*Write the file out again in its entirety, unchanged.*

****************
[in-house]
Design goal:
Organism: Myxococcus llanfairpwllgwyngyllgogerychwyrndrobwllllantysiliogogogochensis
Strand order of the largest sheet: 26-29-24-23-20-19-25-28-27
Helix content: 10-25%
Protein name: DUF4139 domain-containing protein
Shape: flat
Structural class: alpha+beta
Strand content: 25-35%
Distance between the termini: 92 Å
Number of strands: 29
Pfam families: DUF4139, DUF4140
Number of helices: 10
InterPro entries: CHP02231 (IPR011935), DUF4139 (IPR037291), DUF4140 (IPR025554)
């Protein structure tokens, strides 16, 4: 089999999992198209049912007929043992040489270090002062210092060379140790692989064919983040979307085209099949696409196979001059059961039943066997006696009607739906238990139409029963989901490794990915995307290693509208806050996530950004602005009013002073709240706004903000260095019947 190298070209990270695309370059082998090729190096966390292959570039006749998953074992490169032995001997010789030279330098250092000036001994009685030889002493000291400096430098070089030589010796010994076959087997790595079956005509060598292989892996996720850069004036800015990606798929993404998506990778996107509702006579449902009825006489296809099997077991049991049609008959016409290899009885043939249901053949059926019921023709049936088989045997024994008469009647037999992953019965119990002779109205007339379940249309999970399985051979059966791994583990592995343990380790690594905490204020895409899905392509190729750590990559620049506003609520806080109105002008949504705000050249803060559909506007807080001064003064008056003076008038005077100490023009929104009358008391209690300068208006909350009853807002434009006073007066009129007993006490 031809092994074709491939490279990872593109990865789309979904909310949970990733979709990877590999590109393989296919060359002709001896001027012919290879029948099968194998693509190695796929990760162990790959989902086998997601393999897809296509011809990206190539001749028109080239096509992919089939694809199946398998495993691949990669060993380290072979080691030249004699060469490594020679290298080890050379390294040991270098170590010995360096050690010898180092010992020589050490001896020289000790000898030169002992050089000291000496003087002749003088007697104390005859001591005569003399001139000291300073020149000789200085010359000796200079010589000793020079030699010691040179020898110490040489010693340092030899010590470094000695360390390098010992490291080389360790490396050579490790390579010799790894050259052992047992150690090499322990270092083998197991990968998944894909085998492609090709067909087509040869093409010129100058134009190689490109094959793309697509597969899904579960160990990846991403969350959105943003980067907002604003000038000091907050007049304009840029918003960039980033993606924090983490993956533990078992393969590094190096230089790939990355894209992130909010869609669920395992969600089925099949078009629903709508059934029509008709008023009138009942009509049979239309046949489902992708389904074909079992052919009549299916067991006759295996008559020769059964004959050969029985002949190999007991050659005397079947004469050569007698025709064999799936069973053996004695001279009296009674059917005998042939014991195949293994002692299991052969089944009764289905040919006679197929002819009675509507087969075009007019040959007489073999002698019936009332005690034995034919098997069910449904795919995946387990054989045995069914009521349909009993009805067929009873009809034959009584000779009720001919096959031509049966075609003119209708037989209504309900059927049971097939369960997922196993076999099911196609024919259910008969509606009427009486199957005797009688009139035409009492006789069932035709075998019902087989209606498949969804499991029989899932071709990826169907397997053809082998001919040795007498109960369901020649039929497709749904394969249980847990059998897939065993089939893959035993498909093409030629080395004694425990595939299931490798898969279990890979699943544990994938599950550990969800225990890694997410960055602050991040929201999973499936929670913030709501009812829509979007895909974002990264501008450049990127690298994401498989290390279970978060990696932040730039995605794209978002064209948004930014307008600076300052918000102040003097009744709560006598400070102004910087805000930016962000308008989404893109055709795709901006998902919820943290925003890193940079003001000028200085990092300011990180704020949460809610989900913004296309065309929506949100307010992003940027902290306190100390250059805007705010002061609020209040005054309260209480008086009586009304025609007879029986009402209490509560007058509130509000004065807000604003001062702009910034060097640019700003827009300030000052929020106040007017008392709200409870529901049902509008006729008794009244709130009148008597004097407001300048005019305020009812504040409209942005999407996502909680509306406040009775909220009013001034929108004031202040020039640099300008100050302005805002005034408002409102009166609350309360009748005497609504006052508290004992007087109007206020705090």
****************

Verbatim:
[in-house]
Design goal:
Organism: Myxococcus llanfairpwllgwyngyllgogerychwyrndrobwllllantysiliogogogochensis
Strand order of the largest sheet: 26-29-24-23-20-19-25-28-27
Helix content: 10-25%
Protein name: DUF4139 domain-containing protein
Shape: flat
Structural class: alpha+beta
Strand content: 25-35%
Distance between the termini: 92 Å
Number of strands: 29
Pfam families: DUF4139, DUF4140
Number of helices: 10
InterPro entries: CHP02231 (IPR011935), DUF4139 (IPR037291), DUF4140 (IPR025554)
């Protein structure tokens, strides 16, 4: 089999999992198209049912007929043992040489270090002062210092060379140790692989064919983040979307085209099949696409196979001059059961039943066997006696009607739906238990139409029963989901490794990915995307290693509208806050996530950004602005009013002073709240706004903000260095019947 190298070209990270695309370059082998090729190096966390292959570039006749998953074992490169032995001997010789030279330098250092000036001994009685030889002493000291400096430098070089030589010796010994076959087997790595079956005509060598292989892996996720850069004036800015990606798929993404998506990778996107509702006579449902009825006489296809099997077991049991049609008959016409290899009885043939249901053949059926019921023709049936088989045997024994008469009647037999992953019965119990002779109205007339379940249309999970399985051979059966791994583990592995343990380790690594905490204020895409899905392509190729750590990559620049506003609520806080109105002008949504705000050249803060559909506007807080001064003064008056003076008038005077100490023009929104009358008391209690300068208006909350009853807002434009006073007066009129007993006490 031809092994074709491939490279990872593109990865789309979904909310949970990733979709990877590999590109393989296919060359002709001896001027012919290879029948099968194998693509190695796929990760162990790959989902086998997601393999897809296509011809990206190539001749028109080239096509992919089939694809199946398998495993691949990669060993380290072979080691030249004699060469490594020679290298080890050379390294040991270098170590010995360096050690010898180092010992020589050490001896020289000790000898030169002992050089000291000496003087002749003088007697104390005859001591005569003399001139000291300073020149000789200085010359000796200079010589000793020079030699010691040179020898110490040489010693340092030899010590470094000695360390390098010992490291080389360790490396050579490790390579010799790894050259052992047992150690090499322990270092083998197991990968998944894909085998492609090709067909087509040869093409010129100058134009190689490109094959793309697509597969899904579960160990990846991403969350959105943003980067907002604003000038000091907050007049304009840029918003960039980033993606924090983490993956533990078992393969590094190096230089790939990355894209992130909010869609669920395992969600089925099949078009629903709508059934029509008709008023009138009942009509049979239309046949489902992708389904074909079992052919009549299916067991006759295996008559020769059964004959050969029985002949190999007991050659005397079947004469050569007698025709064999799936069973053996004695001279009296009674059917005998042939014991195949293994002692299991052969089944009764289905040919006679197929002819009675509507087969075009007019040959007489073999002698019936009332005690034995034919098997069910449904795919995946387990054989045995069914009521349909009993009805067929009873009809034959009584000779009720001919096959031509049966075609003119209708037989209504309900059927049971097939369960997922196993076999099911196609024919259910008969509606009427009486199957005797009688009139035409009492006789069932035709075998019902087989209606498949969804499991029989899932071709990826169907397997053809082998001919040795007498109960369901020649039929497709749904394969249980847990059998897939065993089939893959035993498909093409030629080395004694425990595939299931490798898969279990890979699943544990994938599950550990969800225990890694997410960055602050991040929201999973499936929670913030709501009812829509979007895909974002990264501008450049990127690298994401498989290390279970978060990696932040730039995605794209978002064209948004930014307008600076300052918000102040003097009744709560006598400070102004910087805000930016962000308008989404893109055709795709901006998902919820943290925003890193940079003001000028200085990092300011990180704020949460809610989900913004296309065309929506949100307010992003940027902290306190100390250059805007705010002061609020209040005054309260209480008086009586009304025609007879029986009402209490509560007058509130509000004065807000604003001062702009910034060097640019700003827009300030000052929020106040007017008392709200409870529901049902509008006729008794009244709130009148008597004097407001300048005019305020009812504040409209942005999407996502909680509306406040009775909220009013001034929108004031202040020039640099300008100050302005805002005034408002409102009166609350309360009748005497609504006052508290004992007087109007206020705090």